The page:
The characterization of the relatively unexplored transient radio sky is one of the hottest topics in modern astronomy due to its possible link with the most energetic and exotic astrophysical phenomena in the Universe. The short duration of some such events and their non-repeating nature, however, demands large areas of the sky to be observed for long periods of time. Therefore, the current and future planned low-frequency arrays, with their vast sky coverage capabilities, are powerful observational tools for such investigations.

In this talk, we will present DRAGNET, a recently-deployed GPU-powered observing system for LOFAR, which aims to significantly expand LOFAR's observing capabilities, turning it into an all-sky synoptic radio camera that will detect such elusive radio signals. We will give a brief description of DRAGNET, how it is currently implemented in LOFAR, and how it is expected to significantly speed up the data processing of the ongoing LOTAAS pulsar survey. Finally, we will elaborate on the near-future planned modes of operation for DRAGNET, which will not only boost the pulsar related research with LOFAR, but also dramatically increase its sky coverage and dwell times for transients' searching.

Designing EoR experiments to tackle foregrounds in wide-field measurements
Nithyanandan Thyagarajan (Arizona State University)

Detection of 21 cm emission of HI from the epoch of reionization, at redshifts z>6, is limited primarily by foregrounds. We studied the signatures of wide-field measurements and an all-sky foreground model using the delay spectrum technique that maps the foreground locations through signal delays between antenna pairs. We recently confirmed with high significance that interferometric measurements are inherently sensitive to all scales, including the largest angular scales, due to the nature of wide-field measurements. They are characterized by enhanced power from foregrounds far away from the primary field of view in Fourier modes adjacent to those considered the most sensitive to the cosmological signal. We identify diffuse emission near the horizon as a significant factor, even on wide antenna spacings that usually denote structures on small scales. For signals entering via the primary field of view, compact emission dominates the foreground contamination. These two mechanisms imprint a characteristic "pitchfork" signature on the foreground wedge in Fourier space. These wide-field effects are generic to all observations but antenna shapes impact their amplitudes substantially. A dish antenna yields the most desirable features from a foreground contamination viewpoint, than a dipole or a phased array. Selective downweighting of data based on antenna spacing and LST can mitigate foreground contamination substantially by a factor of ~100 with negligible loss of sensitivity.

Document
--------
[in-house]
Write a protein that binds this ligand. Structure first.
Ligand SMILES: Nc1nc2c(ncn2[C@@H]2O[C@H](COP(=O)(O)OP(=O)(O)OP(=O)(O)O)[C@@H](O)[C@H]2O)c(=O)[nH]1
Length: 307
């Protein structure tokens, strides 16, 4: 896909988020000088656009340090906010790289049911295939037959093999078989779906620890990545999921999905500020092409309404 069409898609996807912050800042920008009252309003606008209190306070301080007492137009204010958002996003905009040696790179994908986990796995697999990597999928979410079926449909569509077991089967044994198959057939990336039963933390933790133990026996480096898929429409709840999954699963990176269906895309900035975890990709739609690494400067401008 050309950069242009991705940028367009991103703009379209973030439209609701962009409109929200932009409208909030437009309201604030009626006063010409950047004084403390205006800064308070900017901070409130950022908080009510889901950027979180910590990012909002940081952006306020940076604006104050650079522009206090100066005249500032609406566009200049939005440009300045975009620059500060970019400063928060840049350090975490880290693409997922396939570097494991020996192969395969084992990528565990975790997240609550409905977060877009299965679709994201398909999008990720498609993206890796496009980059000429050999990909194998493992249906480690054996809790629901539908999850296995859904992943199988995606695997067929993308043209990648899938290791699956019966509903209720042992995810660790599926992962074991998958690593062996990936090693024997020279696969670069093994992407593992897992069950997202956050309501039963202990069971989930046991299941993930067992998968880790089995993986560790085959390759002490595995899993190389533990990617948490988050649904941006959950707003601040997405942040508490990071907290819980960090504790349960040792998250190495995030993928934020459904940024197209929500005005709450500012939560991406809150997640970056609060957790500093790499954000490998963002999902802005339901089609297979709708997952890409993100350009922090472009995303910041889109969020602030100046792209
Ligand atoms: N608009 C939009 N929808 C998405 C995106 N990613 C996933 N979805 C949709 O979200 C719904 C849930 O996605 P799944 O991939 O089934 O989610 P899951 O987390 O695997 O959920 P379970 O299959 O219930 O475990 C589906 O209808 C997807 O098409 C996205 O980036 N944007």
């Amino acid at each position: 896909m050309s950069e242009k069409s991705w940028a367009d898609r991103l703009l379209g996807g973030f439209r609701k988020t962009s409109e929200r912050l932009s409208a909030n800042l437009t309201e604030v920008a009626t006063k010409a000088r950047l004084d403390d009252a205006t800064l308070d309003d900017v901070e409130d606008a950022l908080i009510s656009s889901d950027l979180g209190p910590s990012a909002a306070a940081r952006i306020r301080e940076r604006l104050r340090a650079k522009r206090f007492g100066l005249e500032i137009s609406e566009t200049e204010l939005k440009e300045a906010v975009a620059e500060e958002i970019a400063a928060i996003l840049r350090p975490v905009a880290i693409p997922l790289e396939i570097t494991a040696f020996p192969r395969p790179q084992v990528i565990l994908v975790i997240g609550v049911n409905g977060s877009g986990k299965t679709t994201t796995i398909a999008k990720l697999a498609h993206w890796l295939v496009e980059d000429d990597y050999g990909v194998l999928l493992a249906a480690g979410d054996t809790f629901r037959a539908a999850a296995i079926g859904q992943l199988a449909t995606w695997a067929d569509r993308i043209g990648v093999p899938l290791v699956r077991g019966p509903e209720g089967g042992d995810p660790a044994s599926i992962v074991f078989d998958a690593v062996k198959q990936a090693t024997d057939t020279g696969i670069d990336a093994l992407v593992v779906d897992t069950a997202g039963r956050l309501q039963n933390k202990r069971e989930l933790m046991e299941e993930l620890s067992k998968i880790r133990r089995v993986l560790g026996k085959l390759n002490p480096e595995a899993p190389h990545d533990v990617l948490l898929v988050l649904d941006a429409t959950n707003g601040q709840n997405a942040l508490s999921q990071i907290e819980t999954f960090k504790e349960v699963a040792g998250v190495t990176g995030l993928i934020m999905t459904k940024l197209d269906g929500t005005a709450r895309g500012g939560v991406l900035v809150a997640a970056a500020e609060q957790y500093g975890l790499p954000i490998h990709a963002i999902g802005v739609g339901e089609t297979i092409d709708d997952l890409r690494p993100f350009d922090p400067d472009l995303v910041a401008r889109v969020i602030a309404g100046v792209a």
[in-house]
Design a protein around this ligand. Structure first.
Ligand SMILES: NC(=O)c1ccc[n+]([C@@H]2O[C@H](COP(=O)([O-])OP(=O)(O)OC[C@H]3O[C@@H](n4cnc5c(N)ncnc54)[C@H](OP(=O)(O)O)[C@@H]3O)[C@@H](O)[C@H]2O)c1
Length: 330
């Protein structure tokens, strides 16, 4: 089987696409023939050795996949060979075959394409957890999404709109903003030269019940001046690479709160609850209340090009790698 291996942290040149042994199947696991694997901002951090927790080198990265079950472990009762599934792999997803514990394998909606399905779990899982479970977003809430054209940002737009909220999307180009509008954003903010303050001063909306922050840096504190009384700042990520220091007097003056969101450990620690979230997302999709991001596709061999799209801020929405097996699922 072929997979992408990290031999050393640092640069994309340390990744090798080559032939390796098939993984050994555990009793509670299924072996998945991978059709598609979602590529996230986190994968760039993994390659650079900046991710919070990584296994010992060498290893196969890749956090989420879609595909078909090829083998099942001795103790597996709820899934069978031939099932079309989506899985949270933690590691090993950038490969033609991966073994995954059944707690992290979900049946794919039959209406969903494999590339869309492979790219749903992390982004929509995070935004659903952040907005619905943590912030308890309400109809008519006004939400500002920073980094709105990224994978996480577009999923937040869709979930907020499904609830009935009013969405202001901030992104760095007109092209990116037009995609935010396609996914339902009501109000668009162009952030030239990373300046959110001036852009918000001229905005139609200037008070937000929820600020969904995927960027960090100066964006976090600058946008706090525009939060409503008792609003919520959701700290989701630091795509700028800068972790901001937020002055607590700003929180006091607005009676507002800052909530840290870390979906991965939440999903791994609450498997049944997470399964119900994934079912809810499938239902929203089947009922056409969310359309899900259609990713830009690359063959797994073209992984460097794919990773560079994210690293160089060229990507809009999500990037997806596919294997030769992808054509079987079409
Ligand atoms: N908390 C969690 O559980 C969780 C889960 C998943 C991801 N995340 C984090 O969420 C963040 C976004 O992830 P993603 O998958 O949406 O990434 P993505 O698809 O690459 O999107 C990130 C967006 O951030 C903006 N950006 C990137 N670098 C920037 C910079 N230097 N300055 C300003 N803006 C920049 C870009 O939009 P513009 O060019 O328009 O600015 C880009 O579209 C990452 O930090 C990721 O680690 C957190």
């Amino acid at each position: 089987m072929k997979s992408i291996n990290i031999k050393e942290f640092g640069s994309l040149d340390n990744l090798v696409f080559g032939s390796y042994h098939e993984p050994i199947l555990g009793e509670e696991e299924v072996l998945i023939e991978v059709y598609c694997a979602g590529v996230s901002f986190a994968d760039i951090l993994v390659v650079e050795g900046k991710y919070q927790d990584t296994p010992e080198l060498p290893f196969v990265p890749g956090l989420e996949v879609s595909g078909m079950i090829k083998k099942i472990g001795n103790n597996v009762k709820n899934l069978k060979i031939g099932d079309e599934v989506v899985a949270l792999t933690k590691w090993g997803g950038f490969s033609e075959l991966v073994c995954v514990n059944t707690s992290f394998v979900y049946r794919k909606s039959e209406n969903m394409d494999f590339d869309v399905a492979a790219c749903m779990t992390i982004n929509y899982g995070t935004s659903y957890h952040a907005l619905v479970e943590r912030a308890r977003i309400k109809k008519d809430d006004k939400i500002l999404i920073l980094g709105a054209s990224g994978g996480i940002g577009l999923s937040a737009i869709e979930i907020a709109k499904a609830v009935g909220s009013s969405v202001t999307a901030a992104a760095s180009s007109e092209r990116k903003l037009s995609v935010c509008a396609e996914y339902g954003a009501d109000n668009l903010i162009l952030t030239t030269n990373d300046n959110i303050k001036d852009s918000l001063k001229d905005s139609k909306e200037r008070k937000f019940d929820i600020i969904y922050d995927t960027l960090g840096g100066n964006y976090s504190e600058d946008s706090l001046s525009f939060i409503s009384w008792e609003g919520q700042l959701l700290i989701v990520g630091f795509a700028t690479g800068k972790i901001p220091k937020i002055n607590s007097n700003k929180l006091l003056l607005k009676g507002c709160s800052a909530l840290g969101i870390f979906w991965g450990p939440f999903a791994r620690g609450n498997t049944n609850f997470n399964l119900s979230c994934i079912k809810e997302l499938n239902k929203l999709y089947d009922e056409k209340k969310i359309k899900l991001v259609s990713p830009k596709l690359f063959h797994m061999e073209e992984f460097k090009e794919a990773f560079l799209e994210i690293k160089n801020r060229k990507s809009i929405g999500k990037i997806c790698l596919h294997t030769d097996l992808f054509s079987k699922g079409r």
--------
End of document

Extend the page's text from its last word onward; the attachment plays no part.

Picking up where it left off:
Searching Past the Confusion: Stokes V Imaging of the Transient Sky
Marin M Anderson (Caltech)

The Owens Valley Long Wavelength Array (OVRO-LWA), a new, low frequency, 288-element dipole array operating below 100 MHz, will continuously monitor the entire viewable sky at high-cadence to search for transient phenomena, particularly the low frequency radio bursts due to extrasolar space weather events such as stellar coronal mass ejections (CMEs) and planetary aurorae.